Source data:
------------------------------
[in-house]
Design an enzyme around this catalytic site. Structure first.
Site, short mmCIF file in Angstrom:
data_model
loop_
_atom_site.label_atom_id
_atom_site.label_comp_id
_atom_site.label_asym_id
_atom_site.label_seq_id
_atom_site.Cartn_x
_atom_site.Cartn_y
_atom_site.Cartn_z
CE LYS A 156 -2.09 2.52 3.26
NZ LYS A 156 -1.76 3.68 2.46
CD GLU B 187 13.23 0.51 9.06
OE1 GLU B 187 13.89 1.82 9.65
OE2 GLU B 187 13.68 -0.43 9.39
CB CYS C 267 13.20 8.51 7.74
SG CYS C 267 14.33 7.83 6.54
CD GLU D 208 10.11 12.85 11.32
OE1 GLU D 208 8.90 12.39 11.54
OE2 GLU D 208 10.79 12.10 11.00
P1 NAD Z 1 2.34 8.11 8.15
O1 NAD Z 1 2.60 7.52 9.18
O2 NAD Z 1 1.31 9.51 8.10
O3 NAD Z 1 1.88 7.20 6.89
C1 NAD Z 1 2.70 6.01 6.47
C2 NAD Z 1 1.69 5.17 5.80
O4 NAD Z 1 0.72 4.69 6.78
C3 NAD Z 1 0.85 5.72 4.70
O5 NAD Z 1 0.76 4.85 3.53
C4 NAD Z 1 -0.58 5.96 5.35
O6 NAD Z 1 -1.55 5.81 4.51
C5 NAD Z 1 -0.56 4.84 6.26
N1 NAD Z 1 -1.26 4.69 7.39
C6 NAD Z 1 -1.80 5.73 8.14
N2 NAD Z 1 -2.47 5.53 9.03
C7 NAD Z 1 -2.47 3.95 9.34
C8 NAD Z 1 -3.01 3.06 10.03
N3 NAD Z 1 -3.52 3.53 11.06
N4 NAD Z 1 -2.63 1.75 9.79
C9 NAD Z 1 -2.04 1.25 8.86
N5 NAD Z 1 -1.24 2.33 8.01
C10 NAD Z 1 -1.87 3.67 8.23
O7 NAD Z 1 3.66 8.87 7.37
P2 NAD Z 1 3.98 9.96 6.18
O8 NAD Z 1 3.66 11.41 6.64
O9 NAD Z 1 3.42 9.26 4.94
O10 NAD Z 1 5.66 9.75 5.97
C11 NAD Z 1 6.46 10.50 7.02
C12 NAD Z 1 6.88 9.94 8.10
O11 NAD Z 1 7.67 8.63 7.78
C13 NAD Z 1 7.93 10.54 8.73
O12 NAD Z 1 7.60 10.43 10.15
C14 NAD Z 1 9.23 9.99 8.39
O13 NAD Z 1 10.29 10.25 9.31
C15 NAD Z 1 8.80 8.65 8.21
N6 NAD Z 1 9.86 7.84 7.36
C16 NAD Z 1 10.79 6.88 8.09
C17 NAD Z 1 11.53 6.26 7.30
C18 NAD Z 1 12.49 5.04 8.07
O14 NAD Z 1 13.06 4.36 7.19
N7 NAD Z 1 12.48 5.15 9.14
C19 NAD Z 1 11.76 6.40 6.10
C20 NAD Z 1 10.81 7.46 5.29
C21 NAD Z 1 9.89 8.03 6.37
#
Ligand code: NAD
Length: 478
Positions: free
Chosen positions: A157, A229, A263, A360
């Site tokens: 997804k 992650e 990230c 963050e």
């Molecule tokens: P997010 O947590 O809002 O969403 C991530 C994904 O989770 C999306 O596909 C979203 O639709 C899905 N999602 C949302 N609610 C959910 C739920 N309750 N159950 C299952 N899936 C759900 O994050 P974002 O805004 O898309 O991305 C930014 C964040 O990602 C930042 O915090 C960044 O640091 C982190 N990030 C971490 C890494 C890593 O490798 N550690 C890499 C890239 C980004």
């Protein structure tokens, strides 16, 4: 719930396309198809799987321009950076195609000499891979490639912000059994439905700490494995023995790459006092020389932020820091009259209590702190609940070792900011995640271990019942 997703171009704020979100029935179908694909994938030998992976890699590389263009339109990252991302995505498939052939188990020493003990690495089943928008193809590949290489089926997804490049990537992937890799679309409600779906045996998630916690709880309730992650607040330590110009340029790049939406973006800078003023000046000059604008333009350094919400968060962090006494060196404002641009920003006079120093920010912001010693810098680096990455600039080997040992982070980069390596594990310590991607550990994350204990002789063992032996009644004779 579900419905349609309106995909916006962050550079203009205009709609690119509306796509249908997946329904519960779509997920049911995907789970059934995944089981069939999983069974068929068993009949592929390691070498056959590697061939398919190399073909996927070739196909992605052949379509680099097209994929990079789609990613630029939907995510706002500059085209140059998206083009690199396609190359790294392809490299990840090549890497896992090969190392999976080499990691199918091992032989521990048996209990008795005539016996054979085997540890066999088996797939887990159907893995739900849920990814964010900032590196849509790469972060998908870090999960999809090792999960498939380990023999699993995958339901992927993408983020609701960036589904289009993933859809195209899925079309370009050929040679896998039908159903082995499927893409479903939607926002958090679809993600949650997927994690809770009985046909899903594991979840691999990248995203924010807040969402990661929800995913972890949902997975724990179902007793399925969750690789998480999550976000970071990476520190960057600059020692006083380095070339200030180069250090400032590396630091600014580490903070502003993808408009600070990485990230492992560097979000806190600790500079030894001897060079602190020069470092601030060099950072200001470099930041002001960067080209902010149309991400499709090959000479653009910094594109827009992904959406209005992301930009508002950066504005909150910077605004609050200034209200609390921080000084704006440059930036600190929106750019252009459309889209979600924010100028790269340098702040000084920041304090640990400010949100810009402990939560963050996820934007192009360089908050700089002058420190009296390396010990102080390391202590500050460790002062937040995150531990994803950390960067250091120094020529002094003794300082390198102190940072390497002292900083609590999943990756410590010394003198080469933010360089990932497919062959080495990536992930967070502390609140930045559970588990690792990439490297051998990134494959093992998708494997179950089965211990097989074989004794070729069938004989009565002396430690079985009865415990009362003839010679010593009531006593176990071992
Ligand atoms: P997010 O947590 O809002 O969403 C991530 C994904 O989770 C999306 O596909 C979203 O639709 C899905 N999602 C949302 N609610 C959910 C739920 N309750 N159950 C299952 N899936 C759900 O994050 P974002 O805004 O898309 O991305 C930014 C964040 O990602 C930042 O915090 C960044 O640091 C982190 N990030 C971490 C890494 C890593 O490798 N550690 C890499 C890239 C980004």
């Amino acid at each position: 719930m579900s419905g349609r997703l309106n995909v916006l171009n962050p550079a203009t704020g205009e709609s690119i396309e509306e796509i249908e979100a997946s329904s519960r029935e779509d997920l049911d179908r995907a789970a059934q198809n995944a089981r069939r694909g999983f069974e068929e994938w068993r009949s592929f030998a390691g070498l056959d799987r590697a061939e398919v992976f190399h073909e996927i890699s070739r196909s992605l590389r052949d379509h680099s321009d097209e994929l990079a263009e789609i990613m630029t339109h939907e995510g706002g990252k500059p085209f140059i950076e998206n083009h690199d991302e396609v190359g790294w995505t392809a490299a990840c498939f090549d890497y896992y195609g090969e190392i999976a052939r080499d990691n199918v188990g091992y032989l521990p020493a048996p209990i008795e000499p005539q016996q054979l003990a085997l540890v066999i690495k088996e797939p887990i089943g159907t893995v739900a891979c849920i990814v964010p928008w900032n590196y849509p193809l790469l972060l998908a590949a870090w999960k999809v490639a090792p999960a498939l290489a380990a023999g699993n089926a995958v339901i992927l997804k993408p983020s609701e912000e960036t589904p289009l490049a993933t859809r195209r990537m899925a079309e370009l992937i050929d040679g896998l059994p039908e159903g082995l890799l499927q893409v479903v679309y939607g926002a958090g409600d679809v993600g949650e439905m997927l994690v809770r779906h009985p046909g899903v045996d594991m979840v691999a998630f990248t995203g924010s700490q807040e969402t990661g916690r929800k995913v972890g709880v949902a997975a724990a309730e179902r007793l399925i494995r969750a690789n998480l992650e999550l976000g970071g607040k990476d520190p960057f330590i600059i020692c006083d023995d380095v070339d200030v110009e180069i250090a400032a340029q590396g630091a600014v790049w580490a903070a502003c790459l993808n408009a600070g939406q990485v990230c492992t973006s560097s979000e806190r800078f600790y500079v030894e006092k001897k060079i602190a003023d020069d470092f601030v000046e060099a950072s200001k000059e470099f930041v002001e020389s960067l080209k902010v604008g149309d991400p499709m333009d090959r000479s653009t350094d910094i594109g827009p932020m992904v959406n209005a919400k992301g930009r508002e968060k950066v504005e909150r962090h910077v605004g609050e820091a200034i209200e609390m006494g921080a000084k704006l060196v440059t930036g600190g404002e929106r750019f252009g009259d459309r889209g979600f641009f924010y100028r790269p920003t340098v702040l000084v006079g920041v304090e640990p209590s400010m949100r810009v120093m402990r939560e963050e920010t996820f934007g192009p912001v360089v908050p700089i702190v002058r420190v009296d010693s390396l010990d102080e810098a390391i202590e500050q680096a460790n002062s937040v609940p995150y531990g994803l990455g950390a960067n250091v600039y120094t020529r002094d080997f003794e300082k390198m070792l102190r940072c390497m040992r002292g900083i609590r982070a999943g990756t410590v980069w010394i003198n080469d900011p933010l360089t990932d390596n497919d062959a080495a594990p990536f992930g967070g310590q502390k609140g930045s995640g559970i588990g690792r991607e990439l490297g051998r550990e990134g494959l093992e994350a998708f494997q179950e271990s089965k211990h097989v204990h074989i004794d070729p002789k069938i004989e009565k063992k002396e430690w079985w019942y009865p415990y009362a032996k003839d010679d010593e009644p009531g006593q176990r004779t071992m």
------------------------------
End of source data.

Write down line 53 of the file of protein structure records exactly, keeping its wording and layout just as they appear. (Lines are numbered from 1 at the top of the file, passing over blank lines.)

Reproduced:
C13 NAD Z 1 7.93 10.54 8.73